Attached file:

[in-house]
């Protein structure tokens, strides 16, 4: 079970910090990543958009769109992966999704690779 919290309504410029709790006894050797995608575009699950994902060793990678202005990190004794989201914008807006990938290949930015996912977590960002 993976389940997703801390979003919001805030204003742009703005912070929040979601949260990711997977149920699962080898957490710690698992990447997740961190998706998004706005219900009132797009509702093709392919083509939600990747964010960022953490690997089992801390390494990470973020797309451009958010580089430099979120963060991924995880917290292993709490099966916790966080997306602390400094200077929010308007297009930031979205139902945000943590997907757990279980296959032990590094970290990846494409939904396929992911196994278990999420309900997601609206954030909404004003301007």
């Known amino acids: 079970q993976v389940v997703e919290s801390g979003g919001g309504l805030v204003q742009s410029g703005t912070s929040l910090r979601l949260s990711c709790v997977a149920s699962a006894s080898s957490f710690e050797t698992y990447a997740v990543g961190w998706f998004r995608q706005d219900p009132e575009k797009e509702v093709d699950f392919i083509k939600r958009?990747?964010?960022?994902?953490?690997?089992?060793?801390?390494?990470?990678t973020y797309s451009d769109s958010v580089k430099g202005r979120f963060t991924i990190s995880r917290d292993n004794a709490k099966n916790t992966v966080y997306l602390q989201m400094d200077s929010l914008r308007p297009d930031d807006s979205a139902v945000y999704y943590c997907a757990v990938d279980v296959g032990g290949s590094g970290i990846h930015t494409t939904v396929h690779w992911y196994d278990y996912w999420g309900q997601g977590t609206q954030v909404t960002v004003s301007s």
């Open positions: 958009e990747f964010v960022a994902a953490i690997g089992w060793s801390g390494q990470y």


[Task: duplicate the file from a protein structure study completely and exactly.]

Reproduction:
[in-house]
């Protein structure tokens, strides 16, 4: 079970910090990543958009769109992966999704690779 919290309504410029709790006894050797995608575009699950994902060793990678202005990190004794989201914008807006990938290949930015996912977590960002 993976389940997703801390979003919001805030204003742009703005912070929040979601949260990711997977149920699962080898957490710690698992990447997740961190998706998004706005219900009132797009509702093709392919083509939600990747964010960022953490690997089992801390390494990470973020797309451009958010580089430099979120963060991924995880917290292993709490099966916790966080997306602390400094200077929010308007297009930031979205139902945000943590997907757990279980296959032990590094970290990846494409939904396929992911196994278990999420309900997601609206954030909404004003301007």
């Known amino acids: 079970q993976v389940v997703e919290s801390g979003g919001g309504l805030v204003q742009s410029g703005t912070s929040l910090r979601l949260s990711c709790v997977a149920s699962a006894s080898s957490f710690e050797t698992y990447a997740v990543g961190w998706f998004r995608q706005d219900p009132e575009k797009e509702v093709d699950f392919i083509k939600r958009?990747?964010?960022?994902?953490?690997?089992?060793?801390?390494?990470?990678t973020y797309s451009d769109s958010v580089k430099g202005r979120f963060t991924i990190s995880r917290d292993n004794a709490k099966n916790t992966v966080y997306l602390q989201m400094d200077s929010l914008r308007p297009d930031d807006s979205a139902v945000y999704y943590c997907a757990v990938d279980v296959g032990g290949s590094g970290i990846h930015t494409t939904v396929h690779w992911y196994d278990y996912w999420g309900q997601g977590t609206q954030v909404t960002v004003s301007s």
């Open positions: 958009e990747f964010v960022a994902a953490i690997g089992w060793s801390g390494q990470y």